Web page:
HONOLULU — Conservative talk show host Rush Limbaugh remained hospitalized in Hawaii Thursday after experiencing chest pains similar to a heart attack, according to the guest host on his nationally syndicated radio show.
Limbaugh was rushed to a Honolulu hospital Wednesday during a vacation.
"He is being treated today, continues to rest comfortably, and remains in good spirits," The Queen's Medical Center said Thursday in a news release. "Mr. Limbaugh appreciates the prayers and well wishes of his many fans and supporters."
On the radio show, guest host Walter E. Williams described Limbaugh's pains as similar to the feeling of a "heart attack coming on." He said doctors haven't confirmed whether the 58-year-old had a heart attack, and more exams were planned Thursday.
Williams said any information about the cause of the pain would have to come from Limbaugh himself.
"He's doing very well and he appreciates your prayers and concerns," Williams said, asking callers to just say "dittos" for their well-wishes and get on to questions on political and social issues.
"Rush is in good, stable condition and as comfortable as one can be in a hospital while on vacation, but he's in good hands," he said.
Williams, an economics professor at George Mason University, was already scheduled to fill in Thursday while Limbaugh was on vacation.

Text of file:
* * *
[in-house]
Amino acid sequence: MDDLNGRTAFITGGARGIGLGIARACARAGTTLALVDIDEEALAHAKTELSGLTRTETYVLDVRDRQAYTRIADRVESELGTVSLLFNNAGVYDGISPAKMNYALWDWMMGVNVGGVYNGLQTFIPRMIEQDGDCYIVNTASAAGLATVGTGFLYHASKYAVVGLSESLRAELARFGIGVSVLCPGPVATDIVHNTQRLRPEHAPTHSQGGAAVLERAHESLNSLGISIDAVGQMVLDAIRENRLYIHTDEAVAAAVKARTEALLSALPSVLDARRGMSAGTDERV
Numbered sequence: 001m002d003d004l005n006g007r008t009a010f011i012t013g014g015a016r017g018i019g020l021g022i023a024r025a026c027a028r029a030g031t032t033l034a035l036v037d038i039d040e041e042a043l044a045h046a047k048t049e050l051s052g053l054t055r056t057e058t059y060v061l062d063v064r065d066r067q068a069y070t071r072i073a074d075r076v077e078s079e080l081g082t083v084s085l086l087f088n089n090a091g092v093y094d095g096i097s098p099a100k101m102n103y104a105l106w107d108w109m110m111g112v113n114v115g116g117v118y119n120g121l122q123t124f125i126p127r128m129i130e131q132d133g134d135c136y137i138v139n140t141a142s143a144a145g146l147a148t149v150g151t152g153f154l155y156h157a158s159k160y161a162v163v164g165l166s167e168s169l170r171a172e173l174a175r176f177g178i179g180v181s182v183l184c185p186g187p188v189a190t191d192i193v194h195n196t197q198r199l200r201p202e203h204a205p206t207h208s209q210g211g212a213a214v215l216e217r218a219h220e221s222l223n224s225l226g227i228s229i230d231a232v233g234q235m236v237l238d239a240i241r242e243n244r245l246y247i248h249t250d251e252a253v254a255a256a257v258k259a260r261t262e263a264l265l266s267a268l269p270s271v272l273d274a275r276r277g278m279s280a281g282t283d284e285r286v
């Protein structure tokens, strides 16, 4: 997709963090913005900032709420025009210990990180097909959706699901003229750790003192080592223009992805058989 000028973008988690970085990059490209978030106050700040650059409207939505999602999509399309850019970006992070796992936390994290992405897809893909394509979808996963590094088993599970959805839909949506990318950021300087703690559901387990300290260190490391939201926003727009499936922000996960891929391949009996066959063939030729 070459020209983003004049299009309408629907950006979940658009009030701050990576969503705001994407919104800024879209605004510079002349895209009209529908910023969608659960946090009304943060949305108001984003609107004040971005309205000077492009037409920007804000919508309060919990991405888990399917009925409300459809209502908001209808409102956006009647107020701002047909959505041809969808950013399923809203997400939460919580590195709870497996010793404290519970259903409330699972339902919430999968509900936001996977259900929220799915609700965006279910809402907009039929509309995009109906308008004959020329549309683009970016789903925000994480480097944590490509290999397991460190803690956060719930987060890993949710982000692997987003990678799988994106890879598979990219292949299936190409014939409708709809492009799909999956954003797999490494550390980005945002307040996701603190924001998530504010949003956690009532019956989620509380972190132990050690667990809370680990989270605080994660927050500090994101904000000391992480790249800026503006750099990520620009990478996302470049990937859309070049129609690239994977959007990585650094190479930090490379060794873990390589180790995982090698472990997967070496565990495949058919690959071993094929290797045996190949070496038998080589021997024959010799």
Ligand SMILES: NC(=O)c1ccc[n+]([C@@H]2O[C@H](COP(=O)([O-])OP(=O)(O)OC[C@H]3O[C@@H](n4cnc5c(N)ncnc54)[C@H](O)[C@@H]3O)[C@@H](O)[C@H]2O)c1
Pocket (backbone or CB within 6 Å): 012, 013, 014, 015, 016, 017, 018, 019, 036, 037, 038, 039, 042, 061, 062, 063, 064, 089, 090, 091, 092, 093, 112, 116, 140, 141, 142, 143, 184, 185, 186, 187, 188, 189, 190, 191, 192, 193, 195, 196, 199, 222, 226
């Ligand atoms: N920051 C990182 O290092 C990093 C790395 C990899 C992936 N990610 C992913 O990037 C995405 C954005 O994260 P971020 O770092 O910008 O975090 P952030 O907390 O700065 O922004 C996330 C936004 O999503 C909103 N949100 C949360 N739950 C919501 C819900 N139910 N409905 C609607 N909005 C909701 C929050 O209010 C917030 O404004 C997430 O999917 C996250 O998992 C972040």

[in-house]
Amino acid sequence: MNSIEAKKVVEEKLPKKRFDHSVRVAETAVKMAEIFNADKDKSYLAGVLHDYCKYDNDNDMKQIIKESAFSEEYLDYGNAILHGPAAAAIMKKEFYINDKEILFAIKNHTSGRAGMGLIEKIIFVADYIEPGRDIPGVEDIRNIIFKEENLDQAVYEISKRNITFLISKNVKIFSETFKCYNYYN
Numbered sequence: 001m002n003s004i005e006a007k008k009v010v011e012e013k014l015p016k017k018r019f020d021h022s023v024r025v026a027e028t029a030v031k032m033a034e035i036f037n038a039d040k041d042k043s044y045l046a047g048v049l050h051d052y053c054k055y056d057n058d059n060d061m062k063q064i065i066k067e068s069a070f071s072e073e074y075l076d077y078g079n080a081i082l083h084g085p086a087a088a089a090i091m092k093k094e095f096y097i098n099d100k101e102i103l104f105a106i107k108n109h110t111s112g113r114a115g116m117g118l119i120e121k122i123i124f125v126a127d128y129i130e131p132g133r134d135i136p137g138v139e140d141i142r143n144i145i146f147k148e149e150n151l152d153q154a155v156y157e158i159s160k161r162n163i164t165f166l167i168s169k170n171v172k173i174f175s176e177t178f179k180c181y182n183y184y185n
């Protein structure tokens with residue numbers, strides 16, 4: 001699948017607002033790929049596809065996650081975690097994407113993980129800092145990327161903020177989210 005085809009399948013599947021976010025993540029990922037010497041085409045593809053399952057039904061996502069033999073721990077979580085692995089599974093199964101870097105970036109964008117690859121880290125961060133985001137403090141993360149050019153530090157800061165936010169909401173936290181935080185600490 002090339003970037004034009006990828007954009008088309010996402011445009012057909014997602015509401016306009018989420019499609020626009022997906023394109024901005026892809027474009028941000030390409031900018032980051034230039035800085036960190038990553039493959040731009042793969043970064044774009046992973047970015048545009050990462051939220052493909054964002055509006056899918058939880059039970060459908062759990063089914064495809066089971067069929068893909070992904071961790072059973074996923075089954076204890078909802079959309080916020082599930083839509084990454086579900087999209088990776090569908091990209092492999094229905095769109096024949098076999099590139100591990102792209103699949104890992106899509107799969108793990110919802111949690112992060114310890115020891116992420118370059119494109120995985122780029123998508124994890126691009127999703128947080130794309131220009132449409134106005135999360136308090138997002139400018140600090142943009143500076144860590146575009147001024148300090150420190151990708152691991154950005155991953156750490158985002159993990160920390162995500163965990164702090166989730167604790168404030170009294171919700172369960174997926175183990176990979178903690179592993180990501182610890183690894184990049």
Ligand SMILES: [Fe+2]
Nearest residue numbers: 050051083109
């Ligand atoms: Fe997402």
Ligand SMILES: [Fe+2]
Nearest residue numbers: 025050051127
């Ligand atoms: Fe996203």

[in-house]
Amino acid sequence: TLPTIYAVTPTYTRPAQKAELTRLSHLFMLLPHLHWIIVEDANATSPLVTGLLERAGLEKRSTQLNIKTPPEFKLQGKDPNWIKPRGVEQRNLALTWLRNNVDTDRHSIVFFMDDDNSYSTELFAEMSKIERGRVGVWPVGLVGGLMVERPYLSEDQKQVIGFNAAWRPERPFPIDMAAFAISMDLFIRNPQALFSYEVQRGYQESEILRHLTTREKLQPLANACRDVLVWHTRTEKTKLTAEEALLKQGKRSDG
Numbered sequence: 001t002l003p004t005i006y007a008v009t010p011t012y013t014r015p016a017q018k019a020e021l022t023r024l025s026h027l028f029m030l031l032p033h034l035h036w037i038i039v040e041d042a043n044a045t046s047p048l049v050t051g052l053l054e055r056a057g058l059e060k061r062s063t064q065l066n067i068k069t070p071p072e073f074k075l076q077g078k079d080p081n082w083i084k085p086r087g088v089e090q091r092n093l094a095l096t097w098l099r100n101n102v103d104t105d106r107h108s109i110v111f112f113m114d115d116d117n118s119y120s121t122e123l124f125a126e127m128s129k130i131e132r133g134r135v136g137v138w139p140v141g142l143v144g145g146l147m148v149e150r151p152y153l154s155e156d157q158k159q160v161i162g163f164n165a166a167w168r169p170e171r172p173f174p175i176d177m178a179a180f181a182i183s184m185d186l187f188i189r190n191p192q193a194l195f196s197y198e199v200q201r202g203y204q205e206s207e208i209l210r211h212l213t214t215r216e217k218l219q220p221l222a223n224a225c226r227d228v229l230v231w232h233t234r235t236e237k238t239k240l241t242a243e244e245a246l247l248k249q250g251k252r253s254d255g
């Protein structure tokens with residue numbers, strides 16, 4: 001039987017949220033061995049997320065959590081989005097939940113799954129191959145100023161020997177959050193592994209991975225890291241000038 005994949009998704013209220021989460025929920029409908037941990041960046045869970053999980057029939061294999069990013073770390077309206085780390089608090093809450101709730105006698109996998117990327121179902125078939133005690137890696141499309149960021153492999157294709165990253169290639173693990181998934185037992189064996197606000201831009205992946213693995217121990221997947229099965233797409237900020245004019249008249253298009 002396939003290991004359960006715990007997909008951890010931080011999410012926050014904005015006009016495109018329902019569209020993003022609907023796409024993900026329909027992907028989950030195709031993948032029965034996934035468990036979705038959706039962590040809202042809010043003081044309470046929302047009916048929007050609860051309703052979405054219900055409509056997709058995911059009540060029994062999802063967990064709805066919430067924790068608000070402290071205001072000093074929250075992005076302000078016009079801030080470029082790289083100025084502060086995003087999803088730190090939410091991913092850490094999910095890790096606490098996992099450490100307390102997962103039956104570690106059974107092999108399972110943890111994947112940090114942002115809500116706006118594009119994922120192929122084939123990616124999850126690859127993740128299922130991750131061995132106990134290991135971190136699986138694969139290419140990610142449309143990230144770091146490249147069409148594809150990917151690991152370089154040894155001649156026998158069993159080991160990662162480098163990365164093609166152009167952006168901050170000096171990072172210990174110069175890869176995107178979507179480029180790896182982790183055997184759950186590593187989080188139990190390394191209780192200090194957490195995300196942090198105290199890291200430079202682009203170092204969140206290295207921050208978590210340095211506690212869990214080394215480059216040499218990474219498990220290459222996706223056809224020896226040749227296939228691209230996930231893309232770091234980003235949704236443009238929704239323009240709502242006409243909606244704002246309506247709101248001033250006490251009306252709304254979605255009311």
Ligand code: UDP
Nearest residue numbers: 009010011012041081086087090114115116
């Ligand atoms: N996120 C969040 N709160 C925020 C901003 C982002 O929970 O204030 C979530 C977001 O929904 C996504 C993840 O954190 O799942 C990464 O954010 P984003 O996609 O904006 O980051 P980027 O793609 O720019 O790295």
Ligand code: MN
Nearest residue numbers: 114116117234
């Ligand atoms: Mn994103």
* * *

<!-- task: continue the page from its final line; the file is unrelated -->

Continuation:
Kit Carson, Limbaugh's chief of staff, told The Associated Press that Limbaugh left for his Christmas vacation Dec. 23 and was due to return to his show Jan. 4. Carson didn't have any information on whether that schedule would change.
Limbaugh broadcasts from a studio near his mansion in Palm Beach, Fla.
Honolulu television station KITV reported that paramedics took Limbaugh from the Kahala Hotel and Resort to The Queen's Medical Center in serious condition.
The report said Limbaugh was seen golfing at Waialae Country Club – a country club next to the hotel – earlier this week.
With his sarcastic putdowns of liberal policies, parodies and self-promotion, he began capturing conservative listeners in the 1980s and grew to become the highest-rated radio broadcaster in the U.S. Recently, he's found a renewed purpose and has boosted ratings by railing against Barack Obama's presidency.
His three-hour weekday show is heard on some 600 radio stations across the country, including KHVH in Honolulu, and more than 14 million people listen to him at least once a week.
Americans said in a poll last month that Limbaugh was America's most influential conservative voice.
In 2001, Limbaugh reported he had lost most of his hearing due to an autoimmune inner-ear disease. He had surgery to have an electronic device placed in his skull to restore his hearing.
Two years later, Limbaugh acknowledged he was addicted to pain medicine. He blamed the addiction on severe back pain and took a five-week leave from his radio show to enter rehab.
Limbaugh began his talk radio career on KFBK-AM in Sacramento, Calif., where he had his own show from 1984 to 1988. The station continues to air him live.
"We wish him a very speedy recovery and wish him the best of health," Operations Manager Alan Eisenson said Thursday. "We're looking forward to having him back on the air."
Associated Press Writer Brian Skoloff in West Palm Beach, Fla., contributed to this report.
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Rush Limbaugh: http://www.rushlimbaugh.com